In my last post I introduced MVC 4 Web API. In keeping with the spirit of things I'd like to throw a little JQuery Mobile into the mix for fun. As in my previous blog post fire up Visual Studio 11 Beta and create a new MVC 4 Web API project. Last time we posted a plain old string value back to the ValuesController. Now let's post a Widget class back. Go ahead and add this model to the project: Continue reading...

  • Seismic Shifts in Web Development

    Not really. But then again really. What I mean is the role of the web developer is changing fast and it's only been in recent months that I've looked up from my keyboard to see how the ground has shifted substantially. Some developer friends and I have often joked that the back end -- the database, object-relational mapping, domain model, business logic, and the controllers for the UI -- take us about a fraction of the time it takes us to get the UI right. We will sit for hours just to get the HTML right, float div tags, give up and go with the table tag, try again, move on, and so on and on. And now with awesome tools like EF and LINQ it's a breeze to do the sort of plumbing work that used to take weeks.  Continue reading...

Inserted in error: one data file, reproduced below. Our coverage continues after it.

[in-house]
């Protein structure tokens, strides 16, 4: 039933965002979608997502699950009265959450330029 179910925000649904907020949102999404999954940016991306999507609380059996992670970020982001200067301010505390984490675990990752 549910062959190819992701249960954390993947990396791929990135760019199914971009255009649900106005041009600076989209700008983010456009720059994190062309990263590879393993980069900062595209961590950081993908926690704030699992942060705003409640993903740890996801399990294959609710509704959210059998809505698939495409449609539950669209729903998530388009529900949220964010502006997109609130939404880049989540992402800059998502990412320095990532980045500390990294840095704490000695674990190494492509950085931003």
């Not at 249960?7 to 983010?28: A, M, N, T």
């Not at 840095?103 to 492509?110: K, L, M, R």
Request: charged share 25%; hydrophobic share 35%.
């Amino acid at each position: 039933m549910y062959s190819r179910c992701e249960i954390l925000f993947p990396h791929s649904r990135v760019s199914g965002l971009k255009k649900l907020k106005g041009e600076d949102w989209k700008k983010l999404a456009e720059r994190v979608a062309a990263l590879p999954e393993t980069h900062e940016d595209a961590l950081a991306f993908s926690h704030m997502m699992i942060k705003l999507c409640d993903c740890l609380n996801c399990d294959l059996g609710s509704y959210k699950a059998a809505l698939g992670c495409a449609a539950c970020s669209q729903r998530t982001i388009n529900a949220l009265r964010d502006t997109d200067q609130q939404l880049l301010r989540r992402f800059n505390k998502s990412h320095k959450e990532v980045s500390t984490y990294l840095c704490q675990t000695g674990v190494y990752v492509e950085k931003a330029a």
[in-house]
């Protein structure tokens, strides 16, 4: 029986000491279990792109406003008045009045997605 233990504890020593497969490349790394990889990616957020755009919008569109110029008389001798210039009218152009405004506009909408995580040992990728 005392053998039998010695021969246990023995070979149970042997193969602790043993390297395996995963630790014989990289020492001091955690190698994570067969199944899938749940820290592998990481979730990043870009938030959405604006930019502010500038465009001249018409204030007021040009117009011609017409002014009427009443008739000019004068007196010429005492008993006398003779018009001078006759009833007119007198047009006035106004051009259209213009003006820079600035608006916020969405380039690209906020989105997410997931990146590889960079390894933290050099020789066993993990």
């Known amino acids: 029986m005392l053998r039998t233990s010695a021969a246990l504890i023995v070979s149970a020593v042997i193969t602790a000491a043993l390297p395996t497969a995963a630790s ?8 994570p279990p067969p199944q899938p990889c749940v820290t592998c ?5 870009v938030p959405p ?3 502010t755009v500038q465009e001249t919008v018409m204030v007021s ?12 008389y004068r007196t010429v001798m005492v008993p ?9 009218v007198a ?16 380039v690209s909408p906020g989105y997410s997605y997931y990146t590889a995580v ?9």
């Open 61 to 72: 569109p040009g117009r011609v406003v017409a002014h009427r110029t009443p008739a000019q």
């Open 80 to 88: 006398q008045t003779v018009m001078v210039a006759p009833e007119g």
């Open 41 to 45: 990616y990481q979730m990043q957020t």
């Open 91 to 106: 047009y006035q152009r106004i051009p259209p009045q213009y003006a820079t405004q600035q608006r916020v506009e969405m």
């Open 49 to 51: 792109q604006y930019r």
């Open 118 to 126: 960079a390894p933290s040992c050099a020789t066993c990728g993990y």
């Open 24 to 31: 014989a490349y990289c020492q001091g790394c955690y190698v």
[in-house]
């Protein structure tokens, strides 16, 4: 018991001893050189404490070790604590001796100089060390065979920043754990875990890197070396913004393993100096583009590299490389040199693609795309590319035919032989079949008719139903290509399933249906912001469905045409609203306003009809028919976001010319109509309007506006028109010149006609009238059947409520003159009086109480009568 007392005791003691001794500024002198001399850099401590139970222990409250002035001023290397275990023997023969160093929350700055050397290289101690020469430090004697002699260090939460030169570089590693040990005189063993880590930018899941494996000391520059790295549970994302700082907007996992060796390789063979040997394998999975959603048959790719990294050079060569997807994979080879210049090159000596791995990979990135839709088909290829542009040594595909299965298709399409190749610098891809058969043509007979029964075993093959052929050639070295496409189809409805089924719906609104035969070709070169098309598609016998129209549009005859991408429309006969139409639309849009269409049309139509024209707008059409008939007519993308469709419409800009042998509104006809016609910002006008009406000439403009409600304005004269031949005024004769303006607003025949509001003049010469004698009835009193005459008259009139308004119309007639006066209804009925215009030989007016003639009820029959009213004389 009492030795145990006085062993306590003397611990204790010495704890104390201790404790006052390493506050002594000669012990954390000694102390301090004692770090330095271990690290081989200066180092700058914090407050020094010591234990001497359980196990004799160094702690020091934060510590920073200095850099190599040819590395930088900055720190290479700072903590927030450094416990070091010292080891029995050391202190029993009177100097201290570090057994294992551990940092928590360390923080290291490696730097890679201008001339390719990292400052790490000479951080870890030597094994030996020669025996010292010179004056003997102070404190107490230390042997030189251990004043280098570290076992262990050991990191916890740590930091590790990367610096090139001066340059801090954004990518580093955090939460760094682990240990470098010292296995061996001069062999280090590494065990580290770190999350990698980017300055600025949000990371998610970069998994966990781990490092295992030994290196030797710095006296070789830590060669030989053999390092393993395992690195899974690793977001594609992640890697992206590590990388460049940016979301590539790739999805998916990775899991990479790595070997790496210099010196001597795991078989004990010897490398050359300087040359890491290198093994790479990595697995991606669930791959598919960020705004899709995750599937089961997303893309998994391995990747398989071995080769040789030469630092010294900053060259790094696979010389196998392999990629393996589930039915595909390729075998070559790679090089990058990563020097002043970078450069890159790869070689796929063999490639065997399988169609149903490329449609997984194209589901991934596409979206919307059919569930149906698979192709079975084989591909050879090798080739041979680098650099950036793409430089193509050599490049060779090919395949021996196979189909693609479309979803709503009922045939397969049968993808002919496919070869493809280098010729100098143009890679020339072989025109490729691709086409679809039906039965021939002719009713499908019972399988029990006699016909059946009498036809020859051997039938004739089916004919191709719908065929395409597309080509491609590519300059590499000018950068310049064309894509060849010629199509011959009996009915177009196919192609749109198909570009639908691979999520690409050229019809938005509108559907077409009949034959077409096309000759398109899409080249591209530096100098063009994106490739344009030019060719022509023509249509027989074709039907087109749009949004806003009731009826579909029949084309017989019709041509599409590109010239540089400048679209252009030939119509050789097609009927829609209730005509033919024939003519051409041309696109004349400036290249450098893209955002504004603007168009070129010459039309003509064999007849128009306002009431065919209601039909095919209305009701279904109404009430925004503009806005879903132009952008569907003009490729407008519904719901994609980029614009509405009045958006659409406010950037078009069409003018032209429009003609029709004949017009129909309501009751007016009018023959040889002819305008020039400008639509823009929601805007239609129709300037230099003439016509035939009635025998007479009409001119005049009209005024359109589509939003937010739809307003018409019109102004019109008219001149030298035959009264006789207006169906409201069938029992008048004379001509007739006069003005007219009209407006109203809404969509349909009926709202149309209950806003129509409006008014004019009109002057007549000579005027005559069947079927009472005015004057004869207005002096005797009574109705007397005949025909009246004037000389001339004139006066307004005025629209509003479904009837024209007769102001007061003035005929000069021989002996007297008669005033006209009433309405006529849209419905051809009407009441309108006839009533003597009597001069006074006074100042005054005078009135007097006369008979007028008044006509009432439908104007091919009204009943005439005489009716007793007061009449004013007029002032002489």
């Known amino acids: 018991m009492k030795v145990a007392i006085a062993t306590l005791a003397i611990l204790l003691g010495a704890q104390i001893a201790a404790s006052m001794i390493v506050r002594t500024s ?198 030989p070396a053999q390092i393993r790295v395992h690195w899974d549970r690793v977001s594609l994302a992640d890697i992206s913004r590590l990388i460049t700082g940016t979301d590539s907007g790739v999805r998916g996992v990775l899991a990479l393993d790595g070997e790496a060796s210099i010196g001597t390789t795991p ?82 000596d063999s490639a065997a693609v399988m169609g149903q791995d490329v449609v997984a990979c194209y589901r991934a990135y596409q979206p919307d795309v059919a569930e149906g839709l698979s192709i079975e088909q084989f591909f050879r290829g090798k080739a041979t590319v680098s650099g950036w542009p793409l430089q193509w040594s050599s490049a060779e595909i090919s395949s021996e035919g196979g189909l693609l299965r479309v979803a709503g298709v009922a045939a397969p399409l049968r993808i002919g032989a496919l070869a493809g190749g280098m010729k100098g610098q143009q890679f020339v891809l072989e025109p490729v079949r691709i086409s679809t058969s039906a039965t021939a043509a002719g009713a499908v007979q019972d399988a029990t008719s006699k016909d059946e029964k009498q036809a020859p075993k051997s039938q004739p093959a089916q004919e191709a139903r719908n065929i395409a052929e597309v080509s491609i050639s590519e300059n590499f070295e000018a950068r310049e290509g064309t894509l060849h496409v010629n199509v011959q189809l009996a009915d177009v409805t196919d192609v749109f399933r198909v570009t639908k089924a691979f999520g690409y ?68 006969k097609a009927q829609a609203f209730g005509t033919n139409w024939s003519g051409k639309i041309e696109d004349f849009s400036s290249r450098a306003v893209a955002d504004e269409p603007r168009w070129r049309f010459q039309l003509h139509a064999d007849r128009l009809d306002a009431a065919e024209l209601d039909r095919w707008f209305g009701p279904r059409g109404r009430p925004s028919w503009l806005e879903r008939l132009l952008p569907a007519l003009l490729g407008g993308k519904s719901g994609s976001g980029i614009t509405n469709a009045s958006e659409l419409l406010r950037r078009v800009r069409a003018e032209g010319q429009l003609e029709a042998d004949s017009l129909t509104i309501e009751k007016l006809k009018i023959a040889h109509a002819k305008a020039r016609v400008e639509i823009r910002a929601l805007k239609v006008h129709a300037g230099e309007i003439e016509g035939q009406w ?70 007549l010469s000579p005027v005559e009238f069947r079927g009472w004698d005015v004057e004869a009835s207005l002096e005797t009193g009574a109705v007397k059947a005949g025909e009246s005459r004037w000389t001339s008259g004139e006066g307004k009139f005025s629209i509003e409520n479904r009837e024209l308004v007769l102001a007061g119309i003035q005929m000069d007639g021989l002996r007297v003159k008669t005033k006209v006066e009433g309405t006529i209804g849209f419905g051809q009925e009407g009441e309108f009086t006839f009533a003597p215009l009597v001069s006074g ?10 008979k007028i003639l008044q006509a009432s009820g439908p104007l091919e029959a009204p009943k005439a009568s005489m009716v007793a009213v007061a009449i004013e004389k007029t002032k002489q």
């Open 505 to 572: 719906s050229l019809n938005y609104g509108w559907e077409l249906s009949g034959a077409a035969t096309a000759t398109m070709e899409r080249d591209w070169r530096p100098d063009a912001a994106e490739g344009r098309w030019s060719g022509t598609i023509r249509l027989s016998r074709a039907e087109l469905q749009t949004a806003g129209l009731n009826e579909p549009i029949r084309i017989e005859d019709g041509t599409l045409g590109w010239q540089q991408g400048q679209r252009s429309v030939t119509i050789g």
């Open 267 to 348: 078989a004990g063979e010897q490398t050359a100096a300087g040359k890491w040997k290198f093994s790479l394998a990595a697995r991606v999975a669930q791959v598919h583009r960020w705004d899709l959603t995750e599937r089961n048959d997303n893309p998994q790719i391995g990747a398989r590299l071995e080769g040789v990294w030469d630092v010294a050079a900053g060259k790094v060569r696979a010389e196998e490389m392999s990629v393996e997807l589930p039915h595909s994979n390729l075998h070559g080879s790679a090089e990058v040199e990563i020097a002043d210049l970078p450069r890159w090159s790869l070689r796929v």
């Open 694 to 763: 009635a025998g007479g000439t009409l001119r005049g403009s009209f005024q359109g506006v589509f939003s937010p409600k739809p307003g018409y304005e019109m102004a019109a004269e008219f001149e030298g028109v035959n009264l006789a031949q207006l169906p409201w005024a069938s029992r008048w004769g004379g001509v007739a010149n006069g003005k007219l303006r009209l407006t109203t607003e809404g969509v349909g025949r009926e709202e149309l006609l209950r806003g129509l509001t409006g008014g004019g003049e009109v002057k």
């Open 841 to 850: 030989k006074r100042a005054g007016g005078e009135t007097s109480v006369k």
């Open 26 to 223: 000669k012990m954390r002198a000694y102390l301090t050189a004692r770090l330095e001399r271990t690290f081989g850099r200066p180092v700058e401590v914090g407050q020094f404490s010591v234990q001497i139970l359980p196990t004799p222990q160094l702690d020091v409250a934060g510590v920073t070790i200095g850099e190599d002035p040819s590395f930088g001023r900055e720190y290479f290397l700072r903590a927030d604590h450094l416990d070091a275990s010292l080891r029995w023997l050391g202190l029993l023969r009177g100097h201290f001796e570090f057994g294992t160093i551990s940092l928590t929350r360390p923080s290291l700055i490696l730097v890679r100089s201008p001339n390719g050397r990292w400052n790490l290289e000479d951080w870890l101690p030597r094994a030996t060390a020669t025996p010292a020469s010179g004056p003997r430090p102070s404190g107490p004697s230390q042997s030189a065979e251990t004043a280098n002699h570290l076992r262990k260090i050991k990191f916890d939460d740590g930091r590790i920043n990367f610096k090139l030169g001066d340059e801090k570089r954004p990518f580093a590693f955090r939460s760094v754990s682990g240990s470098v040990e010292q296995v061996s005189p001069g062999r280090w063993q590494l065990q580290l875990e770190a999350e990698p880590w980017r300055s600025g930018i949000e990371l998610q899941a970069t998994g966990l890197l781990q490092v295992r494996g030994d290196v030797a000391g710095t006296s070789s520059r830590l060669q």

• Pattern Toolkit Builder (VSPAT)

    A few days ago Jezz Santos at Microsoft Consulting announced the release of Pattern Toolkit Builder (VSPAT) for Visual Studio 2010. Why not VSPTB? I think PA originally stood for "pattern automation" and the marketing folks just haven't nailed this down yet. Anyway, this promises to be the sort of game changer I've been looking for in my organization. I remember the software factory idea that the P&P team worked on a few years ago. It sort of died on the vine. The idea with pattern automation or "software factories" is that a very senior developer can create interactive, prescriptive (or merely helpful), project templates that junior developers can use to get started on a new project. The toolkit lets you create guidance and proven patterns in the actual code that gets unpacked from the project template so that junior developers aren't faced with the "blank slate how-do-I-get-started" problem.  Continue reading...